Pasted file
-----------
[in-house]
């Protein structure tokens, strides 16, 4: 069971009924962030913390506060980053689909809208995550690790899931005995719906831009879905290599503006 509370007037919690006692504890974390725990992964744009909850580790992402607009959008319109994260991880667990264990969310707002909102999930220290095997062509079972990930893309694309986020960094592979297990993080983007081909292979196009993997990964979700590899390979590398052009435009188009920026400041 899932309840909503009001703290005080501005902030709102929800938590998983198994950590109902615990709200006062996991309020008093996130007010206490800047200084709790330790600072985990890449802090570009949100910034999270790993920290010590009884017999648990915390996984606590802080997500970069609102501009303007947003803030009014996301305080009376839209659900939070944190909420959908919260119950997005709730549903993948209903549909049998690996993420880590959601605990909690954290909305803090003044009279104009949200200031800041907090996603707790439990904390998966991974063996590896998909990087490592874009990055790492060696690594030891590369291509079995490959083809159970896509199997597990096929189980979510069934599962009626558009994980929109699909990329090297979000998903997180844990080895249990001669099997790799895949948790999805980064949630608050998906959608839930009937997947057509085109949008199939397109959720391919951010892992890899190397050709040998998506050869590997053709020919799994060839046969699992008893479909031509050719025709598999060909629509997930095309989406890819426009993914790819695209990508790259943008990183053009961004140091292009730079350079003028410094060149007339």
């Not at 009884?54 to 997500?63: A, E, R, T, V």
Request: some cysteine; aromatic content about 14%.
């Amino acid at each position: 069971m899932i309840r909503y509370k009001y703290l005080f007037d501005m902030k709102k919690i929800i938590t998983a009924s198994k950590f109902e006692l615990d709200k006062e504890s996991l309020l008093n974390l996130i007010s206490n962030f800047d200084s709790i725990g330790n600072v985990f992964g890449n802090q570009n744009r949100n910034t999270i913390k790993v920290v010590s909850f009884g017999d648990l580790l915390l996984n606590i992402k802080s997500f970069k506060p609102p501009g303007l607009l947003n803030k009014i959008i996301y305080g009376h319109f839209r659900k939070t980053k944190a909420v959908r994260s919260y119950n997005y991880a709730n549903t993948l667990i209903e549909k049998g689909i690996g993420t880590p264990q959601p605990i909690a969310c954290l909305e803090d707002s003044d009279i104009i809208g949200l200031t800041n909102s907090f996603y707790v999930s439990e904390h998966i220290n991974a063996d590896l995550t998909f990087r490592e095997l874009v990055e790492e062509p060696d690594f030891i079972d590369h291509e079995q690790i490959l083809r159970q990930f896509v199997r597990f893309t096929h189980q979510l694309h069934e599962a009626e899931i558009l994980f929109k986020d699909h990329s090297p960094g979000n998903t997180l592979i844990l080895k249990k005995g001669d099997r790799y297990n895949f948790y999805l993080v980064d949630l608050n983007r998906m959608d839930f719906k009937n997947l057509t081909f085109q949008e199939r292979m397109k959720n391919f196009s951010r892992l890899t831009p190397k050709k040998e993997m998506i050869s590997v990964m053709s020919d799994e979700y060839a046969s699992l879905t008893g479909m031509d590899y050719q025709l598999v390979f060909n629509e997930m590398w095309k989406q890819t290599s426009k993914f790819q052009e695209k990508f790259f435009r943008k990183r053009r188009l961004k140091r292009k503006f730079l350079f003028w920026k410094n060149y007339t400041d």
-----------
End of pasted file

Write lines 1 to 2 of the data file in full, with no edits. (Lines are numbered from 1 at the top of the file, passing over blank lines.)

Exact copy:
[in-house]
């Protein structure tokens, strides 16, 4: 069971009924962030913390506060980053689909809208995550690790899931005995719906831009879905290599503006 509370007037919690006692504890974390725990992964744009909850580790992402607009959008319109994260991880667990264990969310707002909102999930220290095997062509079972990930893309694309986020960094592979297990993080983007081909292979196009993997990964979700590899390979590398052009435009188009920026400041 899932309840909503009001703290005080501005902030709102929800938590998983198994950590109902615990709200006062996991309020008093996130007010206490800047200084709790330790600072985990890449802090570009949100910034999270790993920290010590009884017999648990915390996984606590802080997500970069609102501009303007947003803030009014996301305080009376839209659900939070944190909420959908919260119950997005709730549903993948209903549909049998690996993420880590959601605990909690954290909305803090003044009279104009949200200031800041907090996603707790439990904390998966991974063996590896998909990087490592874009990055790492060696690594030891590369291509079995490959083809159970896509199997597990096929189980979510069934599962009626558009994980929109699909990329090297979000998903997180844990080895249990001669099997790799895949948790999805980064949630608050998906959608839930009937997947057509085109949008199939397109959720391919951010892992890899190397050709040998998506050869590997053709020919799994060839046969699992008893479909031509050719025709598999060909629509997930095309989406890819426009993914790819695209990508790259943008990183053009961004140091292009730079350079003028410094060149007339």